I use the ternary operator quite often but I've not been able to find anything in the documentation about this and I've always wondered it.

The following is a possible example:

echo ($something->message ? $something->message : 'no message');

as you can see, if $something->message is correct, we return $something->message, but why write it twice? Is there a way to do something like:

echo ($something->message ? this : 'no message');

Now I'm not well versed in programming theory, so it's possible that there is a reason that the former cannot be referenced with something like "this" but why not? Would this not stream line the use of the ternary operator? For something like my example it's pretty useless, but let's say it's

echo (function(another_function($variable)) ? function(another_function($variable)) : 'false');

I'm unable to find any way to do this, so I'm assuming it's not possible, if I'm wrong please inform me, otherwise: why not? Why is this not possible, what's the technical reason, or is it just something that never happened? Should I be declaring it as a variable and then testing against that variable?


Since PHP 5.3, it is possible to leave out the middle part of the ternary operator. Expression expr1 ?: expr3 returns expr1 if expr1 evaluates to TRUE, and expr3 otherwise.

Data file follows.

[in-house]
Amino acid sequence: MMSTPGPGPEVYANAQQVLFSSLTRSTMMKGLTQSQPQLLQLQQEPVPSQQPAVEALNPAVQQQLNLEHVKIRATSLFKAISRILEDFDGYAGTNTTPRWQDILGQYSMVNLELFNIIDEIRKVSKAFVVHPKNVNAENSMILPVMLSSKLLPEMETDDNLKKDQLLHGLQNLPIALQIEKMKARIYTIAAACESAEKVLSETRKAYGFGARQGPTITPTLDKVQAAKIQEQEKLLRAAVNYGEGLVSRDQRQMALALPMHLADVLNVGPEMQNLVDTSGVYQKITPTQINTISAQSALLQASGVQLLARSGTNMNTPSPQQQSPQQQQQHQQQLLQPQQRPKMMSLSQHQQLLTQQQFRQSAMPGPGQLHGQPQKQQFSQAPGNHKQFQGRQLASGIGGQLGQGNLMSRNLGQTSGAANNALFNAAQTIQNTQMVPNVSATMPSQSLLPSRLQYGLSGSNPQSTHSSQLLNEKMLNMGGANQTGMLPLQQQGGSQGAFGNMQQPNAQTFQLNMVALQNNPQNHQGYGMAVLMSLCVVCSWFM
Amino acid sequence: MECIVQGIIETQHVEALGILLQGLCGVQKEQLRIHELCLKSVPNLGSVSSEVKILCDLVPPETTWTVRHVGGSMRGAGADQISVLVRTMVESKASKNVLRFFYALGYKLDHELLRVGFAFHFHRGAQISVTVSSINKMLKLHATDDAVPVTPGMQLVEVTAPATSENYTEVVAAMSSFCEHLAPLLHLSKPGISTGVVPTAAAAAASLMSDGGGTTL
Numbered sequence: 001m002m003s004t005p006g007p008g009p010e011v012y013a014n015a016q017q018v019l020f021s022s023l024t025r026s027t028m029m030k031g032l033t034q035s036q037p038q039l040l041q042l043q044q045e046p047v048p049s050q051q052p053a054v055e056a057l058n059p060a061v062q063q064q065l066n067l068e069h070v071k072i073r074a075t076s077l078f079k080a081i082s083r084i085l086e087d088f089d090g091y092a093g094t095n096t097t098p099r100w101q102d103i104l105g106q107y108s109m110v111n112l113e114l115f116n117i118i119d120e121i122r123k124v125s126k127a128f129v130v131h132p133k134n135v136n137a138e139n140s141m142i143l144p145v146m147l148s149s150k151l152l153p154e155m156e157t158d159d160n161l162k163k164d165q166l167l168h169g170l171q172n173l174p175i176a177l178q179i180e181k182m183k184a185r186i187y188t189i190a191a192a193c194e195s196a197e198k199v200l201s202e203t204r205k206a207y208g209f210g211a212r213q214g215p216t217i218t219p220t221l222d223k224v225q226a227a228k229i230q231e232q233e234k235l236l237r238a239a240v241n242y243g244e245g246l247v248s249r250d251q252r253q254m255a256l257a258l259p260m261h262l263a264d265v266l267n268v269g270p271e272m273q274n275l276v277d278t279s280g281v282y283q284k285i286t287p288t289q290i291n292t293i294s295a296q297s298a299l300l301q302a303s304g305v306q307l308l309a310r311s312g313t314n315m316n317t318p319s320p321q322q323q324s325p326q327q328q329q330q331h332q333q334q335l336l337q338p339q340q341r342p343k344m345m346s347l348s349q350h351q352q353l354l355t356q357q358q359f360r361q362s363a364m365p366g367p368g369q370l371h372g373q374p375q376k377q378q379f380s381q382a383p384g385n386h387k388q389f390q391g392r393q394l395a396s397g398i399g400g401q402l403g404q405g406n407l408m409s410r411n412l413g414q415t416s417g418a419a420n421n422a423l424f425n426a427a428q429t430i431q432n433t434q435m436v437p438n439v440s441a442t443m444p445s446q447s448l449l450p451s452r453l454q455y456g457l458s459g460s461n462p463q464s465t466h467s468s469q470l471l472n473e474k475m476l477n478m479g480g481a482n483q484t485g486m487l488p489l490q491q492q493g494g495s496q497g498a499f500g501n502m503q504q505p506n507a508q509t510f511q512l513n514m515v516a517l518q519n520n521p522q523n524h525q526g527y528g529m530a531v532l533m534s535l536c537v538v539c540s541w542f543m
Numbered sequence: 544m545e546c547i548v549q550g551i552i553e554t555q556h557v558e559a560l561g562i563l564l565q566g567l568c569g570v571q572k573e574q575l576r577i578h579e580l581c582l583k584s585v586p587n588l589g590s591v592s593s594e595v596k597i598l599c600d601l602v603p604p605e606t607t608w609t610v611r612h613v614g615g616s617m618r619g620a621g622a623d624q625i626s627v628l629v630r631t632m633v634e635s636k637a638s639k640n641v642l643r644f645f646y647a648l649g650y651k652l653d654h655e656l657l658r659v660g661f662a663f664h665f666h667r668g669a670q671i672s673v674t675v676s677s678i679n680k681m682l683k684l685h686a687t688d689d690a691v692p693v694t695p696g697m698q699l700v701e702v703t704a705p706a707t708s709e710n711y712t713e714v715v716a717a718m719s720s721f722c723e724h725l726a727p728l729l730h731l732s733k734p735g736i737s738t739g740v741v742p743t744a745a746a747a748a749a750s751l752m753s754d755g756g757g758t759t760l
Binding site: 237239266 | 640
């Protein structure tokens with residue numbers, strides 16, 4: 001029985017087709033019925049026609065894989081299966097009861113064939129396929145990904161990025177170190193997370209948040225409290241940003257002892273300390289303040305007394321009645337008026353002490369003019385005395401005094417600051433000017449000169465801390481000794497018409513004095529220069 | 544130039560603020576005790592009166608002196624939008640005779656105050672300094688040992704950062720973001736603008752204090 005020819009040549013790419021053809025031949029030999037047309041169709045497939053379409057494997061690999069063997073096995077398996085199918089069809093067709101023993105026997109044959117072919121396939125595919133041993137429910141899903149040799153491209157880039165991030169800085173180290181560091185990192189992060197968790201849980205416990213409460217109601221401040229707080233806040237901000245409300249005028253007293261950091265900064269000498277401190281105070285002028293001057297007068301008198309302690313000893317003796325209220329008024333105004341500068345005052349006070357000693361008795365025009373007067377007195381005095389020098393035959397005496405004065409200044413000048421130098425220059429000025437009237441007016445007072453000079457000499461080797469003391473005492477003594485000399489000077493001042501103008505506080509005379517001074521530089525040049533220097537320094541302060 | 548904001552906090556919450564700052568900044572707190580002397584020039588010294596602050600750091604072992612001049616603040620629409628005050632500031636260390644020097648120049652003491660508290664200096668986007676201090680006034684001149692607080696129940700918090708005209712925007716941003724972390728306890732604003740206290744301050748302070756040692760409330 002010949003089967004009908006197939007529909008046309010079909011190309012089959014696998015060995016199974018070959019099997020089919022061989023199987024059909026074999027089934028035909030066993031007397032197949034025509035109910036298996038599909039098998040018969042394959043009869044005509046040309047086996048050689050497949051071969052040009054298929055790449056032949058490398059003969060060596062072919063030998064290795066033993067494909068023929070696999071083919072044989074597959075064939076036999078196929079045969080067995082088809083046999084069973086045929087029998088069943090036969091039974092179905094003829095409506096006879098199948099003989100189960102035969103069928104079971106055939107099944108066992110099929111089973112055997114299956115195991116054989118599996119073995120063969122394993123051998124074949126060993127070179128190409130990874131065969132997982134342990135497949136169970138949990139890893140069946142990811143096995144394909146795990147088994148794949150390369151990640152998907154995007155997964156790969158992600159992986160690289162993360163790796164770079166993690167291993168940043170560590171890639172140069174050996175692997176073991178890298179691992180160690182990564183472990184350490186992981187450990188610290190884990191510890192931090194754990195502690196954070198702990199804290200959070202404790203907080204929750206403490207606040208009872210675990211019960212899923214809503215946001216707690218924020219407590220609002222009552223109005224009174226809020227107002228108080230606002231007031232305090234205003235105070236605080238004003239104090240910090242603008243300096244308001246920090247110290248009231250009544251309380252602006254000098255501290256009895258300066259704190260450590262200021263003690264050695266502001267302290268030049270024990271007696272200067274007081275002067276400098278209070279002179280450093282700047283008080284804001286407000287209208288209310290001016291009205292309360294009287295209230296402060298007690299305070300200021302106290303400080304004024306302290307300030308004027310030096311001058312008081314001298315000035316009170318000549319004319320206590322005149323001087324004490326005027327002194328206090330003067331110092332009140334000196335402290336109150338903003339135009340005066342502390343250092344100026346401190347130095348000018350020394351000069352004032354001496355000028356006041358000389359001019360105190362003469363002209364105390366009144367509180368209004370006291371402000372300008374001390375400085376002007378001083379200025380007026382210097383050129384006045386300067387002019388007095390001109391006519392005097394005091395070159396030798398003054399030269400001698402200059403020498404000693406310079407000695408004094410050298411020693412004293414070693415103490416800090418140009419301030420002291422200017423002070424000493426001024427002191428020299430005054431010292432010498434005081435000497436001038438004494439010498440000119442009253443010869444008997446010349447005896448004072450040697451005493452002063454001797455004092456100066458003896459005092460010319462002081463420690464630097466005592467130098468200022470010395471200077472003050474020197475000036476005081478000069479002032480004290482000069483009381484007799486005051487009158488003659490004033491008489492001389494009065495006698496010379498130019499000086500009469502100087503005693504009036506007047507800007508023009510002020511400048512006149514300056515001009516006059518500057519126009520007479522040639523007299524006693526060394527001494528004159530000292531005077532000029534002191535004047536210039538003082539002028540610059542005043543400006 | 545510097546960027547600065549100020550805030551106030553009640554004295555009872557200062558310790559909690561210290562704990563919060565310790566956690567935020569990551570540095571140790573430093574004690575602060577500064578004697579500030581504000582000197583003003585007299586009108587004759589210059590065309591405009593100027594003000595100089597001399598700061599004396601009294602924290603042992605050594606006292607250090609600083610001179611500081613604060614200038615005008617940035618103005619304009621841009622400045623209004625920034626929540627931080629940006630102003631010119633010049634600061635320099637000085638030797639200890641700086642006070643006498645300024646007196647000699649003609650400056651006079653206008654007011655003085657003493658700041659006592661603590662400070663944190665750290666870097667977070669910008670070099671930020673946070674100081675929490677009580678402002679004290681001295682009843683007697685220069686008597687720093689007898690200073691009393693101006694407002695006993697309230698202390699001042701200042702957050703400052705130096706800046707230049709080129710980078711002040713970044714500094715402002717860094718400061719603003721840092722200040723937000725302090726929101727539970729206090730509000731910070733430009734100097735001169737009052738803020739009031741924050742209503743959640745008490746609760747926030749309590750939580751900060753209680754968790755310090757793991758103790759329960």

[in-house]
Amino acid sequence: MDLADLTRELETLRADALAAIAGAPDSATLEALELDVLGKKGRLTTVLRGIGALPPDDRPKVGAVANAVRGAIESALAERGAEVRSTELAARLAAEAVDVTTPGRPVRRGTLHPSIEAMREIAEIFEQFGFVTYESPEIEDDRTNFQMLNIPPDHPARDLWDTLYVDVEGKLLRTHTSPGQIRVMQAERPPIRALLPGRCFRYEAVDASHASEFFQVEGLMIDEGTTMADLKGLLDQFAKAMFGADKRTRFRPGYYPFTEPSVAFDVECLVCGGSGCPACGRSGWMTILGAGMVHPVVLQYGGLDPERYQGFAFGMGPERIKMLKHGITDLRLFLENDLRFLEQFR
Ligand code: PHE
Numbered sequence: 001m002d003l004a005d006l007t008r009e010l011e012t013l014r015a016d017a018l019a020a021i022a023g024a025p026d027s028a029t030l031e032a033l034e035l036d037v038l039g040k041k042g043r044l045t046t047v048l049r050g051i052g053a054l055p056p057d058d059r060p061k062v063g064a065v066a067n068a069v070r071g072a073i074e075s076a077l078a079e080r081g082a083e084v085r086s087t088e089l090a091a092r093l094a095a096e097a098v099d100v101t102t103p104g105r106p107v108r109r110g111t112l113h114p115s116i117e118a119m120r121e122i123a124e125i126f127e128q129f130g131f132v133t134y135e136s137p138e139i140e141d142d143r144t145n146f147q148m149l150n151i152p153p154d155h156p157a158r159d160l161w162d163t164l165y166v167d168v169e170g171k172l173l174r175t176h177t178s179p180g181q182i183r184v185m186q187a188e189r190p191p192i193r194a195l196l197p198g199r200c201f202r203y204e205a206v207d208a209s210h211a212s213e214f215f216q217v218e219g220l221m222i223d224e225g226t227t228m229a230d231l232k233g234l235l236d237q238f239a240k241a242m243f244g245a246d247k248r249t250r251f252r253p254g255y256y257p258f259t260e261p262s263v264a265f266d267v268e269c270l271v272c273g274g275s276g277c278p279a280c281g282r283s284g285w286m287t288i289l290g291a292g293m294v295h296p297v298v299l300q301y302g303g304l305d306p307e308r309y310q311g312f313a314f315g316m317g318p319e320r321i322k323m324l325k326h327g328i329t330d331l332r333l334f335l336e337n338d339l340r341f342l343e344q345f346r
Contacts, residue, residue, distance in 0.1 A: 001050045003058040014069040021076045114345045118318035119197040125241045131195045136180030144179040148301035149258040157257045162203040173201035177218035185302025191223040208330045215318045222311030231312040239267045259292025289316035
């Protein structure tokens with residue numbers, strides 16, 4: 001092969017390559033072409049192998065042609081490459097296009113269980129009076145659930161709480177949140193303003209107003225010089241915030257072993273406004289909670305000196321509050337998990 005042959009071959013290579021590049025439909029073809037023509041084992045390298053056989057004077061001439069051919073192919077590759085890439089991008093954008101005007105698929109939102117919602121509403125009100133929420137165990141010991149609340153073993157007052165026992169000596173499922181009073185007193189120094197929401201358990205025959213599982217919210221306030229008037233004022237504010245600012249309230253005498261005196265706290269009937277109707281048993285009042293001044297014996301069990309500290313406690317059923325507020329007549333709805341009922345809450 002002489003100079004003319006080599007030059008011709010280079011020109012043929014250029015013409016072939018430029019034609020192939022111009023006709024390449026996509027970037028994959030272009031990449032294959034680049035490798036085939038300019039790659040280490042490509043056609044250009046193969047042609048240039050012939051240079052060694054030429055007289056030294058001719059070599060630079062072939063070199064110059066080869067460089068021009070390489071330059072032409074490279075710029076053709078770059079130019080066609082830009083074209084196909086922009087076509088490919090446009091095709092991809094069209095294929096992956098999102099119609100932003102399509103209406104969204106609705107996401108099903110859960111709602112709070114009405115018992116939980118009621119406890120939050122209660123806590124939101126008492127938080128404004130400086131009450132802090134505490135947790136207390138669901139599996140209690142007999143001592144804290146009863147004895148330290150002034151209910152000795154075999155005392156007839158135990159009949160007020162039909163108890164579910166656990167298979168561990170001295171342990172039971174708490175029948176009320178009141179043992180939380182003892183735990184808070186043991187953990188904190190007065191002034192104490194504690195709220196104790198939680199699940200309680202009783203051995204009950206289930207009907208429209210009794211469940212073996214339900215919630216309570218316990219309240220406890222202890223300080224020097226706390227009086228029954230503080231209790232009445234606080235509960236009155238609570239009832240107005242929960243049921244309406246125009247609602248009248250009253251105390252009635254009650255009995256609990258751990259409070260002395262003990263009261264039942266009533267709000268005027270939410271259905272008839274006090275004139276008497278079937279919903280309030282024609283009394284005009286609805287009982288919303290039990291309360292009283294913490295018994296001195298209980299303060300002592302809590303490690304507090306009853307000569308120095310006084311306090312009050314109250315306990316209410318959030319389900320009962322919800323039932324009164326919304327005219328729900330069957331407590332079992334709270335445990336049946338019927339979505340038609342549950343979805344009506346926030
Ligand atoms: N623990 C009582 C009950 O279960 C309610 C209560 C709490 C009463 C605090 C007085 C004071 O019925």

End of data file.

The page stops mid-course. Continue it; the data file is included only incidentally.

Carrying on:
For example

$used_value = function1() ?: $default_value;

Is the same as

$check_value = function1(); //doesn't re-evaluate function1()
if( $check_value ) {
    $used_value = $check_value;
} else {
    $used_value = $default_value;

Word for the wise

If your going to be depending on typecasting to TRUE it's important to understand what WILL typecast to TRUE and what won't. It's probably worth brushing up on PHP's type juggling and reading the type conversion tables. For example (bool)array() is FALSE.

  • 1
    Whoever submitted that patch is my hero. I was just reading that page and seemingly skipped straight over that part. Thanks, maybe I should upgrade then. I'll accept your answer when the time limit is up! – sam Aug 27 '10 at 0:14
  • echo ($something->message ? : 'no message'); in the case of the OP's first example. – Peter Ajtai Aug 27 '10 at 0:14
  • 1
    +1 Leave it to php to surprise you with an obscure implementation of the ternary operator of all things :) gotta love the incongruities.. – Doug T. Aug 27 '10 at 0:16
  • @Kendall wow... :) Well most of my colleagues get grouchy when they see a ternary operator. I'd love to have them try to figure out one of these ternary variants :) – Doug T. Aug 27 '10 at 0:57
  • The funny thing is that this was the result of the PHP 6 brainstorming about ifsetor() (see php.net/~derick/…), and while it's a neat feature, it doesn't actually solve the original problem, since $_GET['foo'] ?: '' will still throw an notice if it's not set. – user69173 Aug 27 '10 at 16:19

Your Answer

By clicking “Post Your Answer”, you agree to our terms of service, privacy policy and cookie policy

Not the answer you're looking for? Browse other questions tagged or ask your own question.